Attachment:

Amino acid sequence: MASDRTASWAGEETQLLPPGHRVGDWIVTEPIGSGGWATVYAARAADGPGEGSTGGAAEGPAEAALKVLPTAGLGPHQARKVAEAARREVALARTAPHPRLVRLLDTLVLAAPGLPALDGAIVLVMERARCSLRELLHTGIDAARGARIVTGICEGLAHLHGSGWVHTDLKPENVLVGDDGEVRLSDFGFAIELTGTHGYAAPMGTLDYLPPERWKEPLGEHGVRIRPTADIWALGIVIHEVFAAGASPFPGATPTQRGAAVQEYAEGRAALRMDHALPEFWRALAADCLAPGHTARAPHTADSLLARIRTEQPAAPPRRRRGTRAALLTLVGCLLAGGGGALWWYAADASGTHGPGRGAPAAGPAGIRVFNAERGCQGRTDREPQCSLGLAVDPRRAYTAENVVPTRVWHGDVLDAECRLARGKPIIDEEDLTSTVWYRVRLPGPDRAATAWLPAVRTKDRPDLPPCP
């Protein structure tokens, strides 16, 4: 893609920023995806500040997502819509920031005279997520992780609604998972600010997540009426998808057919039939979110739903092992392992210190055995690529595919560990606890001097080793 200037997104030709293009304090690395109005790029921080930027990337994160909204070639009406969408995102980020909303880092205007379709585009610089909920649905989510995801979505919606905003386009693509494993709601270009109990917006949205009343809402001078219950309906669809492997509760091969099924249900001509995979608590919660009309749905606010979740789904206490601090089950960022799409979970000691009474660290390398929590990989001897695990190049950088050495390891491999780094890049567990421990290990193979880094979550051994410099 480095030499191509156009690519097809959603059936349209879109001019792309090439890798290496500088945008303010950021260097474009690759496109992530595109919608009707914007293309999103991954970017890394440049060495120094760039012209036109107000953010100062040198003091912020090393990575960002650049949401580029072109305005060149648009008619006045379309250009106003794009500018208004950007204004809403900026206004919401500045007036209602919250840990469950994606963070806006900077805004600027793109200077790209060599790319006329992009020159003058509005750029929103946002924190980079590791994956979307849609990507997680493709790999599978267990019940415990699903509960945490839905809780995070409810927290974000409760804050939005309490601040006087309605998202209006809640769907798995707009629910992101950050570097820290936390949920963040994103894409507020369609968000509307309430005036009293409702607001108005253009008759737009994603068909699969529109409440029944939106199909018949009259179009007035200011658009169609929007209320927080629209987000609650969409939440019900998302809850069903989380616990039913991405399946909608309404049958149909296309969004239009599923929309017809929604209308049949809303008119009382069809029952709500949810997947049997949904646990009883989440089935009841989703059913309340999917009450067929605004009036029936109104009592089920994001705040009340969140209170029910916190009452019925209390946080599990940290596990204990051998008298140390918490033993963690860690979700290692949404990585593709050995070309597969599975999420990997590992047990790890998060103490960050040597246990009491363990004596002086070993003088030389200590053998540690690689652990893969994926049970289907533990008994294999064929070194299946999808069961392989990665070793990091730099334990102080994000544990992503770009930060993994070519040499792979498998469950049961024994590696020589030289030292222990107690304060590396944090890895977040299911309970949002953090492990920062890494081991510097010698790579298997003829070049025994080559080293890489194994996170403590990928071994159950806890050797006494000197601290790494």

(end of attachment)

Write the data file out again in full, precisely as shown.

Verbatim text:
Amino acid sequence: MASDRTASWAGEETQLLPPGHRVGDWIVTEPIGSGGWATVYAARAADGPGEGSTGGAAEGPAEAALKVLPTAGLGPHQARKVAEAARREVALARTAPHPRLVRLLDTLVLAAPGLPALDGAIVLVMERARCSLRELLHTGIDAARGARIVTGICEGLAHLHGSGWVHTDLKPENVLVGDDGEVRLSDFGFAIELTGTHGYAAPMGTLDYLPPERWKEPLGEHGVRIRPTADIWALGIVIHEVFAAGASPFPGATPTQRGAAVQEYAEGRAALRMDHALPEFWRALAADCLAPGHTARAPHTADSLLARIRTEQPAAPPRRRRGTRAALLTLVGCLLAGGGGALWWYAADASGTHGPGRGAPAAGPAGIRVFNAERGCQGRTDREPQCSLGLAVDPRRAYTAENVVPTRVWHGDVLDAECRLARGKPIIDEEDLTSTVWYRVRLPGPDRAATAWLPAVRTKDRPDLPPCP
């Protein structure tokens, strides 16, 4: 893609920023995806500040997502819509920031005279997520992780609604998972600010997540009426998808057919039939979110739903092992392992210190055995690529595919560990606890001097080793 200037997104030709293009304090690395109005790029921080930027990337994160909204070639009406969408995102980020909303880092205007379709585009610089909920649905989510995801979505919606905003386009693509494993709601270009109990917006949205009343809402001078219950309906669809492997509760091969099924249900001509995979608590919660009309749905606010979740789904206490601090089950960022799409979970000691009474660290390398929590990989001897695990190049950088050495390891491999780094890049567990421990290990193979880094979550051994410099 480095030499191509156009690519097809959603059936349209879109001019792309090439890798290496500088945008303010950021260097474009690759496109992530595109919608009707914007293309999103991954970017890394440049060495120094760039012209036109107000953010100062040198003091912020090393990575960002650049949401580029072109305005060149648009008619006045379309250009106003794009500018208004950007204004809403900026206004919401500045007036209602919250840990469950994606963070806006900077805004600027793109200077790209060599790319006329992009020159003058509005750029929103946002924190980079590791994956979307849609990507997680493709790999599978267990019940415990699903509960945490839905809780995070409810927290974000409760804050939005309490601040006087309605998202209006809640769907798995707009629910992101950050570097820290936390949920963040994103894409507020369609968000509307309430005036009293409702607001108005253009008759737009994603068909699969529109409440029944939106199909018949009259179009007035200011658009169609929007209320927080629209987000609650969409939440019900998302809850069903989380616990039913991405399946909608309404049958149909296309969004239009599923929309017809929604209308049949809303008119009382069809029952709500949810997947049997949904646990009883989440089935009841989703059913309340999917009450067929605004009036029936109104009592089920994001705040009340969140209170029910916190009452019925209390946080599990940290596990204990051998008298140390918490033993963690860690979700290692949404990585593709050995070309597969599975999420990997590992047990790890998060103490960050040597246990009491363990004596002086070993003088030389200590053998540690690689652990893969994926049970289907533990008994294999064929070194299946999808069961392989990665070793990091730099334990102080994000544990992503770009930060993994070519040499792979498998469950049961024994590696020589030289030292222990107690304060590396944090890895977040299911309970949002953090492990920062890494081991510097010698790579298997003829070049025994080559080293890489194994996170403590990928071994159950806890050797006494000197601290790494």